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Could a 17 Pound Catalog Be Worth Its Weight in Gold?

Could a 17 Pound Catalog Be Worth Its Weight in Gold?

Pop quiz: when was the last time the words “Restoration Hardware” crossed your mind? For most of us, the answer would probably be not lately – at least, not until we read the morning headlines. There, it turns out, we find at least half a dozen stories, including this prominent, much-cited New Yorker piece, questioning the wisdom of going all in on old-school direct mail.

Now, I’m not at all averse to direct mail. It has a role to play, and we can’t argue with the fact that consumers consistently buy more products when they have a physical catalog to leaf through compared with a digital only presentation of merchandise. That being said, it’s hard to overlook the environmental impact and significant production costs of a 3,300 page catalog. Factor in the understanding that direct mail at best generates a 4-5 % conversion rate and, as an added bonus, Restoration Hardware’s catalog does not contain product dimensions – a fairly critical consideration for the home improvement set! –and you find yourself in a position where it’s not exactly clear how this marketing decision makes sense.

And yet…there Restoration Hardware is, in The New Yorker. If we look at the New Yorker’s readership and Restoration Hardware’s target market, we’ll find considerable overlap among the two groups. I wouldn’t be surprised if at least a few New Yorker readers went in search of the Restoration Hardware catalog specifically because they wanted to see what all the fuss is about; these are likely to be the high-income buyers who won’t mind dropping a few thousand on the casually-deconstructed wing chair everyone’s talking about.

What appeared at first glance to be a nonsensically grandiose gesture may in fact be a very strategic marketing decision by Restoration Hardware. Could this be the tangible equivalent of a Super Bowl ad, where a huge investment in creating buzz pays dividends over the long term? Only time will tell – but as business owners, we should be watching.

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Creative Director/Senior Designer

Tom DiGrazia

With over a decade and a half of professional design experience, Tom brings his knowledge of design principles and focus on user experience to every aspect of his contribution to TTG. Paying special attention to each client’s brand, personalized needs and individual interests, he strives to create compelling concepts utilizing intuitive and highly-refined design solutions. In addition to traditional and digital design work and oversight at TTG, Tom also boasts a wide portfolio of web development projects with the company, allowing him to stretch his CSS and HTML skills across multiple platforms and disciplines. He feels that being a designer in the digital landscape of websites, eCommerce solutions, email marketing platforms and social media, it is important to understand the code that goes into these areas as it assists his ability to tailor designs specifically targeted to achieve the best end result and further builds understanding and communication with backend development teams.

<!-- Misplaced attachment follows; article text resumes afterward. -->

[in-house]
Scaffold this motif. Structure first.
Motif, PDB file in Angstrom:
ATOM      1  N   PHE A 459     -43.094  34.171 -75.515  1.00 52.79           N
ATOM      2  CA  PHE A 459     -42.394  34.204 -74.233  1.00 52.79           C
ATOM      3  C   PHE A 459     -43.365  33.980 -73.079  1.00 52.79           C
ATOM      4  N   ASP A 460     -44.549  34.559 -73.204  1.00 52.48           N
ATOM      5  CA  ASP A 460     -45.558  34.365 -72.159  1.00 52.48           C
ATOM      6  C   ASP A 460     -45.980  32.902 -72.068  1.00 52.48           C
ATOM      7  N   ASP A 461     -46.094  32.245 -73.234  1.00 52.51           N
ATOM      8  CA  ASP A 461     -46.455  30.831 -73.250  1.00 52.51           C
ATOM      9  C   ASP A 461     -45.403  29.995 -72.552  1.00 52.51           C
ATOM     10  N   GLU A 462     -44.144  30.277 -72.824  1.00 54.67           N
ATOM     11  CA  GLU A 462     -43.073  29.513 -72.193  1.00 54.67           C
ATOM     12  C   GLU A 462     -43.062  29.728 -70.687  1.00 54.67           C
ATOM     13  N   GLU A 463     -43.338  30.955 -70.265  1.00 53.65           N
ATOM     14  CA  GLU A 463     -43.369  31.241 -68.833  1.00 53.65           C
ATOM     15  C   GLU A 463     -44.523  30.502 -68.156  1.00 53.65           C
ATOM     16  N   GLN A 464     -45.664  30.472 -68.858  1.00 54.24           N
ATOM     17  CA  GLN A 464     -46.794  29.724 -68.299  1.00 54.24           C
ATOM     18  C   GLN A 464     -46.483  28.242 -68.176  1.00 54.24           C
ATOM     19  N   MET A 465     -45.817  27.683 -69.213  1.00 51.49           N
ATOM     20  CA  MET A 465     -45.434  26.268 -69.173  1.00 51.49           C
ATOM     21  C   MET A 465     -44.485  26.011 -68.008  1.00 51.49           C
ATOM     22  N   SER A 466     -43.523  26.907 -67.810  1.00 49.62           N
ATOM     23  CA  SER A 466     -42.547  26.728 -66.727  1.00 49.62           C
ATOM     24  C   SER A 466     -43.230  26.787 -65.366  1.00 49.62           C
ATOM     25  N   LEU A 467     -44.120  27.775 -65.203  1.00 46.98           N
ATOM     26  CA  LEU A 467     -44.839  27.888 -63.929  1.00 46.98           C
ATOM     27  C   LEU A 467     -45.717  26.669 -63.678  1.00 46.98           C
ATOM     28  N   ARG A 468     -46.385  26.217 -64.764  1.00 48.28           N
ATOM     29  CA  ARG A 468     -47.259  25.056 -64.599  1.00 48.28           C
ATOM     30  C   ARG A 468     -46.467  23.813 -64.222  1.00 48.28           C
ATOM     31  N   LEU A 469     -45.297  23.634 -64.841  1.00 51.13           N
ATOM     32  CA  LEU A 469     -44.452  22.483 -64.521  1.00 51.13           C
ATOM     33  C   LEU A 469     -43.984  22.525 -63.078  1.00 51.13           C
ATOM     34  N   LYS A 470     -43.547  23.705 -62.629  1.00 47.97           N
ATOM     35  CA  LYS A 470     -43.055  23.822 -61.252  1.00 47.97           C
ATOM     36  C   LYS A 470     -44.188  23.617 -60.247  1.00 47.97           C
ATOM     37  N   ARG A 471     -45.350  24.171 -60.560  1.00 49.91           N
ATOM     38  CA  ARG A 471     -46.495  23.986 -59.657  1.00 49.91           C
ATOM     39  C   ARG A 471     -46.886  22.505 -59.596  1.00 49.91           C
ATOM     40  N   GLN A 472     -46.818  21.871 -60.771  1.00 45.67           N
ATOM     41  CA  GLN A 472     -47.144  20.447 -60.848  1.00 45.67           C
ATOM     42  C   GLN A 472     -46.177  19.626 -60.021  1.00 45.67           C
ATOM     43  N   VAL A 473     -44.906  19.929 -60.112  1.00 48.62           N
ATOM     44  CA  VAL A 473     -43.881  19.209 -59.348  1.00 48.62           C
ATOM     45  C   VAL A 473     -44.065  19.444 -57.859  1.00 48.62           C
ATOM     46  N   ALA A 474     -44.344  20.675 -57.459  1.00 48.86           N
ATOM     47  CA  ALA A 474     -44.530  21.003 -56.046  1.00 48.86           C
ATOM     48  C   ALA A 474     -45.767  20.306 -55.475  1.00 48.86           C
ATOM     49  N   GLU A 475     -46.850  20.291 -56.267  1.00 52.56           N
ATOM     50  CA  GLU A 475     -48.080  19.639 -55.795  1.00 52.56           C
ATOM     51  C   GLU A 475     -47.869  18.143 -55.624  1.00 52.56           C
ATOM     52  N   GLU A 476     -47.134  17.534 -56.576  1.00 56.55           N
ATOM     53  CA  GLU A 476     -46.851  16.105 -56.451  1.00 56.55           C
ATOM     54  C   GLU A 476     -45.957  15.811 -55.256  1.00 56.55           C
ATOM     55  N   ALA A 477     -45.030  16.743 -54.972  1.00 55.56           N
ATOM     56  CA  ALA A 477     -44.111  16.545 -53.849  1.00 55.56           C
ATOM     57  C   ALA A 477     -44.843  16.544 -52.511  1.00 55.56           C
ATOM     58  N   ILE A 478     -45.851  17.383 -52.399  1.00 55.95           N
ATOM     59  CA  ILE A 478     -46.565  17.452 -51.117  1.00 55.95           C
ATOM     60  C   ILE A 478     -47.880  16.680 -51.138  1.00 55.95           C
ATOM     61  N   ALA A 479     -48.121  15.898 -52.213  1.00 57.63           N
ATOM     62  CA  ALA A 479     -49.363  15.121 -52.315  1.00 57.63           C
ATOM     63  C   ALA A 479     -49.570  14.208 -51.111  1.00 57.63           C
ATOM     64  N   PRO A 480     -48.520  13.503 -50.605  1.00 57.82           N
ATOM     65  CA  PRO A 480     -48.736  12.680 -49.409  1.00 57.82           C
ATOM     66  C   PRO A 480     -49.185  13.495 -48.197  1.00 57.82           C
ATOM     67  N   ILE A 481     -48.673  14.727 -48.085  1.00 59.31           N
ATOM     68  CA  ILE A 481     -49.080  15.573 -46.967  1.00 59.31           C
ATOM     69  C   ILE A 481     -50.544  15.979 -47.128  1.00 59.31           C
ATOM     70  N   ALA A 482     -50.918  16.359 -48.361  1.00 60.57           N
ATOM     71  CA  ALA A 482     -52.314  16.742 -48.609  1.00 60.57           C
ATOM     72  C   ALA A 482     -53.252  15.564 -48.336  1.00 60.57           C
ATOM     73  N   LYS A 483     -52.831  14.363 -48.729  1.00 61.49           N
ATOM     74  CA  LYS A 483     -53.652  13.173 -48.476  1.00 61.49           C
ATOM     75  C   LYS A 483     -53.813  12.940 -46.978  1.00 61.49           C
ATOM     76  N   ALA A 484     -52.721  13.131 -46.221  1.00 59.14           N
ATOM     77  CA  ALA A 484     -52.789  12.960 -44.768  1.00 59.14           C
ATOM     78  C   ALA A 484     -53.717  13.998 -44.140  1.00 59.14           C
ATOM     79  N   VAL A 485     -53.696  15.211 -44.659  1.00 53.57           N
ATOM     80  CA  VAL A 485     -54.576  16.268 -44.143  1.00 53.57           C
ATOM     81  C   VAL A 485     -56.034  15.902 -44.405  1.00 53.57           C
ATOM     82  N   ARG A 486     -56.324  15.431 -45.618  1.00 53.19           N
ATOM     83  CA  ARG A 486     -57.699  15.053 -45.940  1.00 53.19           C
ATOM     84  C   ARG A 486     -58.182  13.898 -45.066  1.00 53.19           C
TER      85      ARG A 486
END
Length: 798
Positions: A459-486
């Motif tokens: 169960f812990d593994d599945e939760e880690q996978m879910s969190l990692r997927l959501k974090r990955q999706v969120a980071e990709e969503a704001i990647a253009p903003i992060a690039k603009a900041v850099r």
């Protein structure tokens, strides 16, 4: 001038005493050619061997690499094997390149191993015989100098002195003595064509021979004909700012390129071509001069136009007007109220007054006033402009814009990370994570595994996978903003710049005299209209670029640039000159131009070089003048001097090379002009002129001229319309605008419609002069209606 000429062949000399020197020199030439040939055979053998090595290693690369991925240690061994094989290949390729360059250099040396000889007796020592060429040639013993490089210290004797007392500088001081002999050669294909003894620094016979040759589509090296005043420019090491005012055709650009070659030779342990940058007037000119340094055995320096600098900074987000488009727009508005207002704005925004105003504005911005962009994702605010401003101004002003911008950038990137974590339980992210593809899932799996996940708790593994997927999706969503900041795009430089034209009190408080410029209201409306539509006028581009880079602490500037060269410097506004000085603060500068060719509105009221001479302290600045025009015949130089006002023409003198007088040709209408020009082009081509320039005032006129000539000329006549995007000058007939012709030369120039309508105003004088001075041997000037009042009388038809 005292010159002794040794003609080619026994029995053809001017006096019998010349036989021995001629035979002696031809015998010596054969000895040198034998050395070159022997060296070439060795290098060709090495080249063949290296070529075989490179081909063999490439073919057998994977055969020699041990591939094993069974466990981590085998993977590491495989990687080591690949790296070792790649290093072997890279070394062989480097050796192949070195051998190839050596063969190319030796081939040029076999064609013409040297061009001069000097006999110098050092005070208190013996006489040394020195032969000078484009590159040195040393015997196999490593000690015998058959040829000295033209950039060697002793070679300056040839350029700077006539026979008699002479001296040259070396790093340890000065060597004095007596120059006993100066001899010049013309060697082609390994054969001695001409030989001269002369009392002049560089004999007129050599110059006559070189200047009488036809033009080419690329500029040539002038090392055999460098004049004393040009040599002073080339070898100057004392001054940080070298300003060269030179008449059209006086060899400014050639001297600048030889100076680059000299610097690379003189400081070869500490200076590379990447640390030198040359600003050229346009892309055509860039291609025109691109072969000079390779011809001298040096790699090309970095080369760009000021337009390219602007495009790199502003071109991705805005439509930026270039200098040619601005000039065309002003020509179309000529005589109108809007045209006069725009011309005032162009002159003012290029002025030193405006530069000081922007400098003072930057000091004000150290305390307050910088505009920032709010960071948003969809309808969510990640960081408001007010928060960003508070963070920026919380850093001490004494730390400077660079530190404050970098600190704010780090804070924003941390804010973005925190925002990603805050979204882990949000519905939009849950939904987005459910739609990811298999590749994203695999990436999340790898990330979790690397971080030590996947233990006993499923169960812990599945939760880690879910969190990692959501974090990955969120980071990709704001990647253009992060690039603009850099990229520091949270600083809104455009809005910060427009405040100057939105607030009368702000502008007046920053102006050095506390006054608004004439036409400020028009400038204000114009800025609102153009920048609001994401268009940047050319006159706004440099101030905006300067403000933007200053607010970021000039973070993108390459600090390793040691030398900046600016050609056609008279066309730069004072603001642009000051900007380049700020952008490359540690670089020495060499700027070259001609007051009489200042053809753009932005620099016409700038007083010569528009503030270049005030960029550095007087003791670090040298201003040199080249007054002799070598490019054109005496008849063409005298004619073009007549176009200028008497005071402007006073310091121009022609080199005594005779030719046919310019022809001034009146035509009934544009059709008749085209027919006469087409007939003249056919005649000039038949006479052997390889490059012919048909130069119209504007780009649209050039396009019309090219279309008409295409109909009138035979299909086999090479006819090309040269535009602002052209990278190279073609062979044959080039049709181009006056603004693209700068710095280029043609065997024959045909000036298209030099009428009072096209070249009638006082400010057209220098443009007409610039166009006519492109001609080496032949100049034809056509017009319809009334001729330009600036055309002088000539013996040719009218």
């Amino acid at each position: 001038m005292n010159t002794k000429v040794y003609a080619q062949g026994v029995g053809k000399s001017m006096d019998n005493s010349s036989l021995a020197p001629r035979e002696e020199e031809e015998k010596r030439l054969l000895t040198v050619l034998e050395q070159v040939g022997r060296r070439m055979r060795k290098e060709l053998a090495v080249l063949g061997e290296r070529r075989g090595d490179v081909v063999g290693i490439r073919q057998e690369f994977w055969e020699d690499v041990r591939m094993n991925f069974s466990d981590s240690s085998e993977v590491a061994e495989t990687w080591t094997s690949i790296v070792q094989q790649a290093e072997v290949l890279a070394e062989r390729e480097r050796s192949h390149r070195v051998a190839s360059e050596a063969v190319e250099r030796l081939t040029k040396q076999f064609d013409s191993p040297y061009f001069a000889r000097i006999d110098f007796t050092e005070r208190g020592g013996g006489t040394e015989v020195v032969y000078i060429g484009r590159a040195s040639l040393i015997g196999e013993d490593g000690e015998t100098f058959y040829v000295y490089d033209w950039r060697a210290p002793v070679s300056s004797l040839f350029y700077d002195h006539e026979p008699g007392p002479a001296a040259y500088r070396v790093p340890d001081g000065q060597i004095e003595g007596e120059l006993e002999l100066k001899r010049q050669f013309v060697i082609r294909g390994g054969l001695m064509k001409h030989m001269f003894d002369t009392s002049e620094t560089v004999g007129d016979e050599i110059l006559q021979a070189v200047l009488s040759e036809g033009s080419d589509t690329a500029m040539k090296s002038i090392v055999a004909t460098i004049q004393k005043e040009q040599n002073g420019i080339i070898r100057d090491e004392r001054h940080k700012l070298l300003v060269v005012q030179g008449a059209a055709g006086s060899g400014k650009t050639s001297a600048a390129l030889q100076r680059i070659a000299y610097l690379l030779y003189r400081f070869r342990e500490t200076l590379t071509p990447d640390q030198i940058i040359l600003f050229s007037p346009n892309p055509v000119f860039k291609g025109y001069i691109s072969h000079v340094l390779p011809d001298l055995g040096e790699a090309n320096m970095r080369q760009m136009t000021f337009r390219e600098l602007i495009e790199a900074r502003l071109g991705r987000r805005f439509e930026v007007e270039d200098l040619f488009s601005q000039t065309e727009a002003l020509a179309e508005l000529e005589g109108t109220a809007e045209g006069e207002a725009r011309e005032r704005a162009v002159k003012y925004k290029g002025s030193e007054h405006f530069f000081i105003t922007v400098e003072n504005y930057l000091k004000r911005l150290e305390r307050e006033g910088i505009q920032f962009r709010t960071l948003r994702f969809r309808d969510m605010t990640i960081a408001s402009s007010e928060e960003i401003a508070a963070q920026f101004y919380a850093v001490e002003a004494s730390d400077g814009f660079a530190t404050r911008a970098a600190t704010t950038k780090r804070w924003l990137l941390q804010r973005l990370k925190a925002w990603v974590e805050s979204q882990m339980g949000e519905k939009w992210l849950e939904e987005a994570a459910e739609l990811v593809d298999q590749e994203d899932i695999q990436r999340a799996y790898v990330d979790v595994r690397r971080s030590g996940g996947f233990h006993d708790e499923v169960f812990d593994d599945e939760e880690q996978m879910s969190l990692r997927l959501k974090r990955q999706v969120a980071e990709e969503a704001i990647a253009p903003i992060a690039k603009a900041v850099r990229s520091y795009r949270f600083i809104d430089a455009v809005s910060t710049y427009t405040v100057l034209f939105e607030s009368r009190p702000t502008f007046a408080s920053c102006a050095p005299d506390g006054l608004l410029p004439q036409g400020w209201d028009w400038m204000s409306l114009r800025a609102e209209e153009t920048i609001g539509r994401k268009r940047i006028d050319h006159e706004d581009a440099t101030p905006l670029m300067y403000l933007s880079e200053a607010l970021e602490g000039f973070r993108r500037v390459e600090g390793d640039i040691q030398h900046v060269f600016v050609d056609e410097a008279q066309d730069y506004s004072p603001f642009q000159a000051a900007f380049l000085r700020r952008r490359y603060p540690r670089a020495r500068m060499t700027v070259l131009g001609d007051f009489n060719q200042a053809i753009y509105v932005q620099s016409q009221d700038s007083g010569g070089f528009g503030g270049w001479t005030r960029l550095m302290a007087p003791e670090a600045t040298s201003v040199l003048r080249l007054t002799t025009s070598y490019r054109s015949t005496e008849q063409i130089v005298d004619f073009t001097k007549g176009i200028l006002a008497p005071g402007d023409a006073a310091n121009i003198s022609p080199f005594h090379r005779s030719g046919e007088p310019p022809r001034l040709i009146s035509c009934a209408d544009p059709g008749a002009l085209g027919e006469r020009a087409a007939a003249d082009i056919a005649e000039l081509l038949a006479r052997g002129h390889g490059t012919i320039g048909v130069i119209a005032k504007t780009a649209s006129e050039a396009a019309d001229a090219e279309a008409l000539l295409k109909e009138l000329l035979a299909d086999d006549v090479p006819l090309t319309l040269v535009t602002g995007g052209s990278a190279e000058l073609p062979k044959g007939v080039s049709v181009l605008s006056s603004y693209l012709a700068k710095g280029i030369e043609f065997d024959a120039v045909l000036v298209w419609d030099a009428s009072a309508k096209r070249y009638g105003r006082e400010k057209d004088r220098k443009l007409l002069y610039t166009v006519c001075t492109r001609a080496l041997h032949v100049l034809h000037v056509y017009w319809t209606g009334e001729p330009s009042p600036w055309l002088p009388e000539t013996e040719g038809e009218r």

In his off hours, Tom is an avid pop culture enthusiast, staying up to date on the latest shows, films, comics and games. He can also typically be found taking part in a whole host of artistic activities that help him further stretch his creative legs. Regardless of the activity, Tom is always accompanied by his dog, Eli, and his cat, Tib.

Design, Photography, Illustration, Digital Imagery Manipulation, Wesbite Development

Photoshop, Illustrator, InDesign, Lightroom, HTML/CSS, Wordpress


Courtney Dumont

As Senior Marketing Strategist & Analyst at Technology Therapy Group, Courtney is energized by the ability to flex both her left and right brain daily. Courtney discovered her passion for Marketing at Bryant University, where she spearheaded research on students’ perceptions of Social Media Marketing for her Honors Capstone Project. After graduating Bryant in 2012, she joined the Technology Therapy team, where she’s honed her skills in social media, search and social advertising, email marketing, SEO, and more.

Since joining the team, Courtney has created digital marketing strategies and managed campaigns for clients across the country, ranging from plastic surgery centers, to jewelry stores, to construction companies. With a cohesive, cross-channel approach and a focus on data-driven decision making, she has increased their leads by up to 217%. But Courtney doesn’t leave her zeal for social media at the office; she also runs a local foodie Instagram account with her husband to document their meals across Rhode Island and beyond. Check them out: @hoppilyfed.

Marketing Strategy, Data Analysis, Google Ads, Facebook Ads, Social Media

Google Analytics, Google Ads, Facebook Ads, Facebook Creator Studio, Instagram, Klaviyo, Mailchimp, Emma Mail, Google Data Studio, WordPress, YouTube, LinkedIn, Facebook, Microsoft Office